It’s a shorter one today, I promise. I was reading the other day about America’s single largest irrigated crop. What do we grow more of than anything else? There’s so much of it you can see it from space. Know what it is? Perhaps corn? Maybe wheat? Nope.
Yep, that lawn that’s most likely outside your window right now is part of the greatest agriculture movement in our fine country. Chew on that.
Personally I think lawns are as completely ubiquitous for two main reasons. First, we’re deeply wired as social creatures. I have a lawn because my neighbor does. I don’t particularly like mowing, but I do so to keep from pissing off the people that live around me. Lawn begets lawn begets lawn. It’s such a part of our culture that it would be very hard to remove the lawn and replace it with anything else. There are even local laws preventing me turning my yard into a native Indiana habitat. After all, who wants to live next to a yard full of weeds?
I think the other reason lawns are the de-facto suburban standard is people inherently like creating order out of chaos. A lawn can be relatively easily sculpted into neat flowing lines around trees and bushes. They butt up gently against the hard edges of sidewalks and driveways. They provide a uniform height and color filler to our little corner of the world. With minimal effort, we create order.
Of course, the downside of lawns are the 800 million gallons of gas burned in lawnmowers every year to manicure these lawns. Or consider the fertilizers and herbicides used to keep our lawns need and green, or the water we dump on our lawns each summer. Don’t get me wrong, I love lazy summer evenings in our backyard playing on our lawn. They are memories I will cherish my whole life. But this weekend as I pushed my mower around our yard, I couldn’t help but wonder if all the fuel, water, man-hours, and land couldn’t be put to use in a better way. If only I could find a way to harness all that power and resources without pissing off the neighbors… I guess I’ll just have to chew on that idea a while.
I want to offer a huge “Thanks” to Randy Gilmore and Marching Show Concepts. Over the last couple years (through the help of one of his employees) he has actively supported an office paper recycling program. We have a big brown bin in the shipping department where all recycled paper goes and everyone has blue trash cans by their desk just for recycling. It makes recycling paper as easy as, well, throwing it away.
Do you recycle at your work place?
I’ve heard some arguments against global warming lately and did a ton of reading on the subject, just to make sure I was appropriately informed. Rather than spout links to articles and discussions for or against theories of global warming, I’m simply going to state a couple conclusions I’ve come to in my journey.
- I’m sure there’s a lot of spin going on on both sides
- No one really knows what’s going to happen for sure because as a species we’ve never been here before
- The truth probably lies somewhere between the two sides
- I sleep better at night knowing that I’m going to do what I can to leave Miles as clean and beautiful a planet as I can.
Ultimately it’s the next generations that will truly pay for our mistakes. They inherit the planet we use, and as current stewards of Earth, I think it is our duty to do what we can to care for it whether it is warming or not.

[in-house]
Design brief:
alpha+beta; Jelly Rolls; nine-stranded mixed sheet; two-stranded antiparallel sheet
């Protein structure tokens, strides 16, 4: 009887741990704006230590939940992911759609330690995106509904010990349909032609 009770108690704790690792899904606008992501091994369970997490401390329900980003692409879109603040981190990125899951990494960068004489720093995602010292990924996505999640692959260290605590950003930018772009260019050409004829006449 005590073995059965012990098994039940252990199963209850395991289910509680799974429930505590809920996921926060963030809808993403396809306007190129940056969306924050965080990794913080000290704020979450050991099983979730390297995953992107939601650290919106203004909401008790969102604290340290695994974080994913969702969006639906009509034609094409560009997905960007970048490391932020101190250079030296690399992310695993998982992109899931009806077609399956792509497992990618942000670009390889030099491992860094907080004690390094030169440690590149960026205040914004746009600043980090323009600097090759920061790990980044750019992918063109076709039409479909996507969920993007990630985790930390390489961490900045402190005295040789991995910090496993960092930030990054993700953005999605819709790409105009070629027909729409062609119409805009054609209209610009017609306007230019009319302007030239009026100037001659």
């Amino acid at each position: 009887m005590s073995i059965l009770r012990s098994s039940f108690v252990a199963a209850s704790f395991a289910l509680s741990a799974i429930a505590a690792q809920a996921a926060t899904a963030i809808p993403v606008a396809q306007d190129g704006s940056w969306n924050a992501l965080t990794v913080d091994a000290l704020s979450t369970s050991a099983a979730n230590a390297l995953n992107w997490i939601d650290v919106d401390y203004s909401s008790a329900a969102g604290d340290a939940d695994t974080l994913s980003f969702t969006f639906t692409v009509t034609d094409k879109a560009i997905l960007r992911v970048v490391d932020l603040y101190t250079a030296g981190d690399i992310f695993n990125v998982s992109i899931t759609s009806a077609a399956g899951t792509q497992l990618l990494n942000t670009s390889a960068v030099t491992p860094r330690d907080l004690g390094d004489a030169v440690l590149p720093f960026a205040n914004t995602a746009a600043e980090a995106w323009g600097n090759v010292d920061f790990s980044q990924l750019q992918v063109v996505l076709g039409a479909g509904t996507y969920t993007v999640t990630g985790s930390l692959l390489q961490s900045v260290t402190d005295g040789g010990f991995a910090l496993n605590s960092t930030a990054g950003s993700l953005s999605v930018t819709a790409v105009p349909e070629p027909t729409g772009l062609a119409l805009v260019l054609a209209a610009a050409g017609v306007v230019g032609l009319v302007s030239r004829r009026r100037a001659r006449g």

I have to give my dad some credit here. As a kid I remember him recycling newspapers every week for years. He would take time to stuff them into brown paper grocery bags until they were dense bricks of paper and then drive them to the community center for recycling. (At least that’s the way I remember it…) I don’t know that I or any of my brothers ever really helped him, he just did it because he felt it was the right thing to do.
Today, Betsy and I recycle all the time. In fact, because we live in the city, it’s a free service of City Utilities. They even provide the brown and yellow bins and all we have to do is fill them and put them out at the curb every other week. How could that be any easier. They take all kinds of paper, including junk mail, windowed envelops, newspapers, cardboard and paper board. They also take all food glass and no 1 and 2 plastics. Any more these days, I try to avoid products that come packaged in things that can’t be recycled. Time to make my dollar speak!
I’ve also begun to recycle batteries, florescent bulbs, and even old computer equipment. For more information on recycling in Fort Wayne, visit:
Betsy and I just watched An Inconvenient Truth. I’m almost speechless.
If you haven’t seen it, do. Please.
It’s a sobering look at the current state of our environment and what we’re doing to our little blue home. I don’t know if it’s because I have a son now, but this issue has become so important to me. I feel like we’re destroying his future by not listening to the warning signs, by being lazy and spreading doubt that anything is wrong. I am ashamed of the world that we’re about to pass on to the next generation and I can’t just sit by and watch it happen without trying to change things.
In an effort to help effect change, I’m going to be implementing a couple around here, and blogging about them. The first that I’ve already done is every chance I get I replace our regular incandescent light bulbs with compact fluorescent light bulbs (cfl). Although they cost a little more, these bulbs use 60% less energy than regular bulbs. So far I have replaced 2 outdoor lights (the ones on either side of our garage) and 3 kitchen lights, my office desk light and the lights in the loft. It’s not much, but it’s a start.
So, what are you doing to help our planet? For more information the movie suggests visiting climatecrisis.net
I know Betsy is fired up about this issue as well. Please take a moment to read her blog.